LED light bar mod

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Bimmber
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LED light bar mod

Gentlemen,

As my first ever led DIY project I would like to upgrade cheap and crap 24v (for a truck) Chinese light bar with better chips like Cree XHP70.2. But I`m stuck on few questions.

They quote following on their listing: Power: 360w (90 chips * 4W)

How are they wired?

If in series (voltage gets added, current stays same), then, if 4w chip has forward voltage of 3.5v for example, that would be 315v. So, they are not wired in series, but in parallel.

If in parallel (voltage stays same, current gets added), then 3.5v and for example 700mA would be 63 amps, which is massive. Truck has about 120 amps available. For 60 amps, cable would be as thick as broom stick! Shocked

Voltage is limited to 24v, so must be wired in parallel? But 24v would blow chips with 3.5 fv when wired in parallel.

But what about thermal runaway risks when wired in parallel?

They also state this:
Operating Voltage: DC 9-32V (Fit 12V/24V vehicle).

They cannot predict it will be used in 12 or 24v system, so how do they know how to wire them in factory? If they pre wire them for max 32v combined forward voltage, then using it in 12v system would mean it would not be that bright? 12v is nearly 3 times less than 32v.

If I`m looking to replace them with xhp 70.2 (unless there is better option?), how do I calculate max I can drive them at, so that light bars case is able to handle the temps?

I noticed, the harder you drive chips, less efficient they get. But I can imagine for light bar which has sole purpose to throw light as far as it can to illuminate road and roadsides ahead, there is no option to have efficiency, because driven at something like 700ma, they would be super efficient, but quite dim? From my understanding – to have max long throw of light, chip needs to be driven as hard as possible (which xhp70.2 can be).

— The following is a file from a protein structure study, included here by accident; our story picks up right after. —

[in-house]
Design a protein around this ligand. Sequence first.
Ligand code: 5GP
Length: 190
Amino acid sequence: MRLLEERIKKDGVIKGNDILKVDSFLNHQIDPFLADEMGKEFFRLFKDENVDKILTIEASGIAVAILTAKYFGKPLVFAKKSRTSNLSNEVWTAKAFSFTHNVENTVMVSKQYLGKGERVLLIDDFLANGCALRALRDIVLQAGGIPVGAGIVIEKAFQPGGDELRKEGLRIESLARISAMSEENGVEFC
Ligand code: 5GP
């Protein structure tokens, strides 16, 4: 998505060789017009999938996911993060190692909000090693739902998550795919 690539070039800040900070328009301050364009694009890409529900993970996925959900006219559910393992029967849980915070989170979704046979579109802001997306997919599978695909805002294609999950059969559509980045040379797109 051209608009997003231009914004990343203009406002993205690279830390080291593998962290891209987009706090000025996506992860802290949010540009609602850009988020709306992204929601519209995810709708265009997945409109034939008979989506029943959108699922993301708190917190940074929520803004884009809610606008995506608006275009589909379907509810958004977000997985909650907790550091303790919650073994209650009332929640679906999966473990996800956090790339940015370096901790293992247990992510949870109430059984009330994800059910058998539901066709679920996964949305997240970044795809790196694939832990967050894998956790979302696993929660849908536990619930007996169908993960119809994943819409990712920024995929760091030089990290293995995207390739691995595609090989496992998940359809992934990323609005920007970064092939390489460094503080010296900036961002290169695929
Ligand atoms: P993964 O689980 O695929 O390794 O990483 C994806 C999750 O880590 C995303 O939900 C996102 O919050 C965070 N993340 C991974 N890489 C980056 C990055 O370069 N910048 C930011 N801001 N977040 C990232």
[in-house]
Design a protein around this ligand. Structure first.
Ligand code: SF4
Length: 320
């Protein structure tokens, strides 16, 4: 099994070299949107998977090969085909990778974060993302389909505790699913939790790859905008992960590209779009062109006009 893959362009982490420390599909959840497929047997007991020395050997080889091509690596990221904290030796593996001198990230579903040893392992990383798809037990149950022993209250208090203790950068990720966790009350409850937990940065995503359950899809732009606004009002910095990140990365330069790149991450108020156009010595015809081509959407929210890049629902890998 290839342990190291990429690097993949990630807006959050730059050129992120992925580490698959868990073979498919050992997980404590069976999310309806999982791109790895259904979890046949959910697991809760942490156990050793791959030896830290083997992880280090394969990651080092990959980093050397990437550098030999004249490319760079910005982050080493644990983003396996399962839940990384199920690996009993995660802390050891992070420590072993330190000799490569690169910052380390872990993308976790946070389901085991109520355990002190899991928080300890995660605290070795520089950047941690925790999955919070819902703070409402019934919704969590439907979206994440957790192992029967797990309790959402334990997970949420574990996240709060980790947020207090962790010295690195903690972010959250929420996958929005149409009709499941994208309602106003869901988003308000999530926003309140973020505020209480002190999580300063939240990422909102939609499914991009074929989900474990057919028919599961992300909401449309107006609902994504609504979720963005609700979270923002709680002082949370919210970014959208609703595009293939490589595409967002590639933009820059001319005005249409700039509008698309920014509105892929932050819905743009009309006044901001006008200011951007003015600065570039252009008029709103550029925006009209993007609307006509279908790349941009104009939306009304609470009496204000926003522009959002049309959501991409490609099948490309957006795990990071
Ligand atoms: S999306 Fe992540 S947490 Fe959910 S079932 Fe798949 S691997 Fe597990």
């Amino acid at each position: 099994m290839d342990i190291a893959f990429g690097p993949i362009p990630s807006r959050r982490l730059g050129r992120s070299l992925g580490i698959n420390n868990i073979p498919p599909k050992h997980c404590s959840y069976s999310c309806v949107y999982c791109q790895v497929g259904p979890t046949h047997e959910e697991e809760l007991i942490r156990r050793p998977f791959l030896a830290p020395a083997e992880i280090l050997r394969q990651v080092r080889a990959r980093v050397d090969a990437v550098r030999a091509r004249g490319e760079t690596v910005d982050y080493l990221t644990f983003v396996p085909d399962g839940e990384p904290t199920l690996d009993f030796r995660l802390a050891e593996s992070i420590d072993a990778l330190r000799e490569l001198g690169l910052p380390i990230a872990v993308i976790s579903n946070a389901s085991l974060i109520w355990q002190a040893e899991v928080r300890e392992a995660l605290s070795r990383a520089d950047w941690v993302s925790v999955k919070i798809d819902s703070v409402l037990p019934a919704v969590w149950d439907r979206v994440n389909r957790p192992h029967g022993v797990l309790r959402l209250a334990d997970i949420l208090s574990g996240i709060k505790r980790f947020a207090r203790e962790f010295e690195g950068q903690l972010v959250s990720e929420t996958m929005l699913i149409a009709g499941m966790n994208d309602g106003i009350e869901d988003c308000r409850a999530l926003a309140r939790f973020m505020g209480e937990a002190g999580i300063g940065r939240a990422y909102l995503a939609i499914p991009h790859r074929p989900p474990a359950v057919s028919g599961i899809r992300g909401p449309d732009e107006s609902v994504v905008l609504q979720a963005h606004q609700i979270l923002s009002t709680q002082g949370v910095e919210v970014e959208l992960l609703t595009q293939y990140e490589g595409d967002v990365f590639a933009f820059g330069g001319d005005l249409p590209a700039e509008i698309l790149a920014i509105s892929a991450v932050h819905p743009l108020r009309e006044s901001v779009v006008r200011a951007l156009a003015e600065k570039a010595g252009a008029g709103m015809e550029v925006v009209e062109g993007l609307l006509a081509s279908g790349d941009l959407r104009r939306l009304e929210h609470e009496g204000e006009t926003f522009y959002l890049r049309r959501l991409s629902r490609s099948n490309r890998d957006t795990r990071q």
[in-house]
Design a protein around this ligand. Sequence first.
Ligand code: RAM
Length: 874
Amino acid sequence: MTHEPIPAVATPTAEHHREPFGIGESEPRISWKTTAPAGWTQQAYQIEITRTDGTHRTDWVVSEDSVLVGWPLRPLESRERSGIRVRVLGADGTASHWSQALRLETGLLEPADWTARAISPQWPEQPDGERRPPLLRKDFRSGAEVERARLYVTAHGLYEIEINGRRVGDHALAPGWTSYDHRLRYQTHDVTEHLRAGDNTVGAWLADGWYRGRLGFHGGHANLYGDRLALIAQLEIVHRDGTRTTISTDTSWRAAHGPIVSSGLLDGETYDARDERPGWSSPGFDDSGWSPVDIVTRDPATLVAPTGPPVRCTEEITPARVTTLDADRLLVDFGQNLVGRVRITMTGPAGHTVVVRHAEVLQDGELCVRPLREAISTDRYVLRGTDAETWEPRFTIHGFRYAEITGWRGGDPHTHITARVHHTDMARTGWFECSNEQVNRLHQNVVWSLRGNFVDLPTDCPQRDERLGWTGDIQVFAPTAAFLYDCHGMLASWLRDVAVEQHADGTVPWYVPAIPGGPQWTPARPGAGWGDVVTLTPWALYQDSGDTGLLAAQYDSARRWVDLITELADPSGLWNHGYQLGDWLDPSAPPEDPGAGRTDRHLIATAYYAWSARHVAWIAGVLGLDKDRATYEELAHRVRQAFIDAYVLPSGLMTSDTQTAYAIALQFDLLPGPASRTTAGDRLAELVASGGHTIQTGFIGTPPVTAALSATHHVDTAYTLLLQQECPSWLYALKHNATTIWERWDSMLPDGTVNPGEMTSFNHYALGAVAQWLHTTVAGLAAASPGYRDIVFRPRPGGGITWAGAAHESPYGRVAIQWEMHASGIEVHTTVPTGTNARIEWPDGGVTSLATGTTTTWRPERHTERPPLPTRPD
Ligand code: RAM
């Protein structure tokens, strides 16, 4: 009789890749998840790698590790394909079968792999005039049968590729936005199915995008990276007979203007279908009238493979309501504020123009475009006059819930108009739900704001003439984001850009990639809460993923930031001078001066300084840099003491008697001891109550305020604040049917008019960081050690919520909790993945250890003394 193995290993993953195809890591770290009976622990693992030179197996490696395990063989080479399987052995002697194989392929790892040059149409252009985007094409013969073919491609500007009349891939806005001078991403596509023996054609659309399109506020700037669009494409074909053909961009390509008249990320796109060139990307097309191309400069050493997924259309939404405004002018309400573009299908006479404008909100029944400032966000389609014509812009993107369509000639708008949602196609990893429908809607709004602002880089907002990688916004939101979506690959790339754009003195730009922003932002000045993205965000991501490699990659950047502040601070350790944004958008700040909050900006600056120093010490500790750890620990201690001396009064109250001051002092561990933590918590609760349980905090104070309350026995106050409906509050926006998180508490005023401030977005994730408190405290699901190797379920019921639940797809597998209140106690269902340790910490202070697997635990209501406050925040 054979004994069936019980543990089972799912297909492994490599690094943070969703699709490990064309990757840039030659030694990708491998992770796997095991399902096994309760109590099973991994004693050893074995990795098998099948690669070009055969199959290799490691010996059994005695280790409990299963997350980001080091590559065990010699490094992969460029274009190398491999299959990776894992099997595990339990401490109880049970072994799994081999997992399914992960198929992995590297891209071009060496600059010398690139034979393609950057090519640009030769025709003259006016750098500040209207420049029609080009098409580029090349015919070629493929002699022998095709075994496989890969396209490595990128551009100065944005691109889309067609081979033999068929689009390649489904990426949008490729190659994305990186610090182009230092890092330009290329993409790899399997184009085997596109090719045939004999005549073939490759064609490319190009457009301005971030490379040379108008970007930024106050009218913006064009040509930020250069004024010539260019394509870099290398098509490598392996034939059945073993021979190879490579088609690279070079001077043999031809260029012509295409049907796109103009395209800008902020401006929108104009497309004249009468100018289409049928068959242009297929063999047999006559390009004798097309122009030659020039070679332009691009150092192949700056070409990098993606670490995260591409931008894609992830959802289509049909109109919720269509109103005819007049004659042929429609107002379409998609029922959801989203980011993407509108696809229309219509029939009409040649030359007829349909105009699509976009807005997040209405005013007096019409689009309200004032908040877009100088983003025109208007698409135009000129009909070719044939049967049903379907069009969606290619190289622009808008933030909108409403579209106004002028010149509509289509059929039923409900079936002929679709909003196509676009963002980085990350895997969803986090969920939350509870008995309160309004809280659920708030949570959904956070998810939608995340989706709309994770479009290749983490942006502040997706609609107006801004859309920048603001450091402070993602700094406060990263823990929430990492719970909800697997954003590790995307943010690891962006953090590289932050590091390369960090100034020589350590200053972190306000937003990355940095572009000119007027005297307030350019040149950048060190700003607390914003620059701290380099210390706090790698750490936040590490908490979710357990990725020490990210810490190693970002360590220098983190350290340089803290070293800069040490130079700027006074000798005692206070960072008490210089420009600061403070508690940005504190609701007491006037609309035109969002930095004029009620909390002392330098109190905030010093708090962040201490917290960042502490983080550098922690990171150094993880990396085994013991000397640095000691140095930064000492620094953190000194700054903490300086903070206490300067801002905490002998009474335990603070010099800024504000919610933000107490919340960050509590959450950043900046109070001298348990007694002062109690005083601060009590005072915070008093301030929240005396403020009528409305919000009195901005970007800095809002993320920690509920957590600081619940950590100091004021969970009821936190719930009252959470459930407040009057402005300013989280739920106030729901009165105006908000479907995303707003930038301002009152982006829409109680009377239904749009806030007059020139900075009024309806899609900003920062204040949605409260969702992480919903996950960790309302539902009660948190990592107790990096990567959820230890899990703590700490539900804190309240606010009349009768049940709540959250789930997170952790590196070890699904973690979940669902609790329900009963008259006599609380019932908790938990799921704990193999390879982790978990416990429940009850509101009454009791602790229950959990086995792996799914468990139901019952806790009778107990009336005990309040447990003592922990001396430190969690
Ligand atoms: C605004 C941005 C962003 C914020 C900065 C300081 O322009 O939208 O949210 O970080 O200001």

Why do led bars have 90 × 4w chips, but not 3 x CXB3590 driven at high current? So that they can spread heat across whole length of the bar?

Sorry for noob questions, I`m learning.

Thank you

Edited by: Bimmber on 12/21/2018 - 09:58
DavidEF
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Is that the picture of the actual light you bought? If so, it looks like the “lens” in front is mainly just for decoration and to keep dust/mud out. In really nice light bars, each emitter gets a reflector. In the picture above, there are no reflectors, so it would be assumed that they used “lenses” to collimate the light. That isn’t exactly the case, though. There are only 24 “lenses” in that lens, but you say there are 90 LEDs. So, there is really no collimation. So, you can make the light much more impressive and useful just by fixing that.

The voltage range means that they used a driver that changes the voltage somehow. I would expect a simple boost driver with 9V – 32V input. Alternatively, a cheap buck driver. Buck drivers with input from a few volts up to 32 or 35 volts input are common and cheap. The input has to be a little bit higher than the output. So, if it is one of those, it would indicate the output to the emitter bank is less than 9V. The emitter bank doesn’t have to be wired in series only or in parallel only. It is probably wired in some combination, perhaps 3x series by 30x parallel.